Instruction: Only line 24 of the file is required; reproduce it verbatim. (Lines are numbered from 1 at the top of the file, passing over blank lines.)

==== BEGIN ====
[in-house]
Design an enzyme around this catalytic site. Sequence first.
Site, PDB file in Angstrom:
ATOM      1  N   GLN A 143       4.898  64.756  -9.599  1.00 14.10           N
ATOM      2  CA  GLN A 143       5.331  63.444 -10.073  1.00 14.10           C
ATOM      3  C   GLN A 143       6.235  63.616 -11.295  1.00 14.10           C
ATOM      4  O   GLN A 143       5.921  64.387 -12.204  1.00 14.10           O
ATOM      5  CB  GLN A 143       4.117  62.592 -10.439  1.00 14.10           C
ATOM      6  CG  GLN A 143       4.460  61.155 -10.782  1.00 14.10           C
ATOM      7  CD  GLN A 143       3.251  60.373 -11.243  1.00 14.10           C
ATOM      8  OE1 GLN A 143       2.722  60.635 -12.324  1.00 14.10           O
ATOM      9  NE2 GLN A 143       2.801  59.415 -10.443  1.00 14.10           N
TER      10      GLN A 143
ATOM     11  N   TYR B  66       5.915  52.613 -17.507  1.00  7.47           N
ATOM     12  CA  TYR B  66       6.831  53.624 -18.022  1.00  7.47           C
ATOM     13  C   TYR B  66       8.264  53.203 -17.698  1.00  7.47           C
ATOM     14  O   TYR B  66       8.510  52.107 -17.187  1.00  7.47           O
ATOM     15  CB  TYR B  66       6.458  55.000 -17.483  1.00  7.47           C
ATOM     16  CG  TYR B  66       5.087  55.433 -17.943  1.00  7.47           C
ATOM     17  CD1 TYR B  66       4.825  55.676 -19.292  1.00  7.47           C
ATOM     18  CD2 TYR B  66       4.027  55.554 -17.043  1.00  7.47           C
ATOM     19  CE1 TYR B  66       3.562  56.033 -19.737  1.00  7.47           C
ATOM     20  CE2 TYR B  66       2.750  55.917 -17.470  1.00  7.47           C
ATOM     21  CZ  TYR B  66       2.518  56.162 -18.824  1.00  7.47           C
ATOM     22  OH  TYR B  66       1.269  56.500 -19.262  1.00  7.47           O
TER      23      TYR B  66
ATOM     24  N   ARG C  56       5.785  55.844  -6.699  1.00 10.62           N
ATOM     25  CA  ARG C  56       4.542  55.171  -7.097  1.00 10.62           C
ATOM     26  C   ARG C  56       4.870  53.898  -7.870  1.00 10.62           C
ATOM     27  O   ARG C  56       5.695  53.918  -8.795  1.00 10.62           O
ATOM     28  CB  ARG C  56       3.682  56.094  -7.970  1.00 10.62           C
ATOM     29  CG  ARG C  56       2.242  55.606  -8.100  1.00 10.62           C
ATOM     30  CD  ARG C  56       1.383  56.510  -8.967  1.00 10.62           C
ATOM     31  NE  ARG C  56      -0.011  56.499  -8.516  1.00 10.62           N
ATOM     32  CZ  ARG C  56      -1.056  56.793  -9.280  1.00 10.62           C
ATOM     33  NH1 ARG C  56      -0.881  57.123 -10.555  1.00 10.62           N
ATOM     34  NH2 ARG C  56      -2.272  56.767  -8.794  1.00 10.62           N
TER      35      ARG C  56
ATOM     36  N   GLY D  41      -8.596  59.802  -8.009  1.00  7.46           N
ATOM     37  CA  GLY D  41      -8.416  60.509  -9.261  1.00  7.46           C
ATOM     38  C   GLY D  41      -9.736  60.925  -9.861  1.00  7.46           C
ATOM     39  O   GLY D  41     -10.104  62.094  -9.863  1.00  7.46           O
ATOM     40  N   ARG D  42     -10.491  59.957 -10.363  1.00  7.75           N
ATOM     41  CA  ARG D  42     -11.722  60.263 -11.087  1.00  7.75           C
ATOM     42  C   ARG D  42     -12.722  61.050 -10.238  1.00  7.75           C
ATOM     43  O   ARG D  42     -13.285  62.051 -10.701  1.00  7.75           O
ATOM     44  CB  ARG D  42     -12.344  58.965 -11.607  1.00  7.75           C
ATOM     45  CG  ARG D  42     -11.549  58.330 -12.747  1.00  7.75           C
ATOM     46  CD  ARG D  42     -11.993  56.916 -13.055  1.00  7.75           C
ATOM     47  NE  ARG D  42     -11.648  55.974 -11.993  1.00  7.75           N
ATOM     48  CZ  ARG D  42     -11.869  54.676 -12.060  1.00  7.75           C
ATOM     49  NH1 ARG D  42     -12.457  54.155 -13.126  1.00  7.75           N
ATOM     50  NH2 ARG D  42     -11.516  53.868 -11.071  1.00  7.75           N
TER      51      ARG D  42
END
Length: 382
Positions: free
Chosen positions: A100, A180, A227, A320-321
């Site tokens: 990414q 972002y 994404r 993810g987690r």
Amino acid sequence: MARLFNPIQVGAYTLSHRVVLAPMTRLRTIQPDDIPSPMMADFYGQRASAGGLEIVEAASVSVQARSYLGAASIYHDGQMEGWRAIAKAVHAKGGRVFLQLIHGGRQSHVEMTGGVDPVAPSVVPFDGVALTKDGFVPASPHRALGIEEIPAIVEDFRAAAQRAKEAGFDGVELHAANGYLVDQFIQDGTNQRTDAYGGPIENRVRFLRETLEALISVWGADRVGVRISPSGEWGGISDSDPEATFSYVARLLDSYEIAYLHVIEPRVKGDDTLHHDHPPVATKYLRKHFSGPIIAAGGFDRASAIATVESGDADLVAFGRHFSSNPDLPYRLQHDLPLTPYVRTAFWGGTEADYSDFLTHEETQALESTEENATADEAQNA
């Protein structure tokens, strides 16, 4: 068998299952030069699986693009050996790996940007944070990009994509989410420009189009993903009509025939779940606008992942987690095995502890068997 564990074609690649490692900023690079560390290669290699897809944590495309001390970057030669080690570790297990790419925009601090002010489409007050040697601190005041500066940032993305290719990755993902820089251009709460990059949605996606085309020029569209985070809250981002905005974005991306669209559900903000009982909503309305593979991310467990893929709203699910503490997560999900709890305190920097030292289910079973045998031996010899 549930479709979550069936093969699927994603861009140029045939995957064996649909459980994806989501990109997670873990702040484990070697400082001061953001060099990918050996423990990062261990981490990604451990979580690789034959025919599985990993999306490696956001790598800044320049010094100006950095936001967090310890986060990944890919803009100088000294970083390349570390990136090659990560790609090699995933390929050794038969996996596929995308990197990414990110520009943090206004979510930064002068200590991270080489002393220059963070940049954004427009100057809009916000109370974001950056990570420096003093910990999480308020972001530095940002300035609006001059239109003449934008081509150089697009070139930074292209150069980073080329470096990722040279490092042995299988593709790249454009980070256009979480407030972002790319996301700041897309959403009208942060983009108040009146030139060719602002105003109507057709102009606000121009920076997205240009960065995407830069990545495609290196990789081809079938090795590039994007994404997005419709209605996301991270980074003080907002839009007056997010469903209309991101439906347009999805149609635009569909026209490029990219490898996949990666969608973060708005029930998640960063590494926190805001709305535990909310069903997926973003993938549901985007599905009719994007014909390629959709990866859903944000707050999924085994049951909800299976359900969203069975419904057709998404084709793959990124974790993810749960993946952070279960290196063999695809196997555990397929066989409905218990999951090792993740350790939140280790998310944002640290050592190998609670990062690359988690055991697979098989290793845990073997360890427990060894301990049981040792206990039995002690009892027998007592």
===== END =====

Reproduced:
ATOM     21  CZ  TYR B  66       2.518  56.162 -18.824  1.00  7.47           C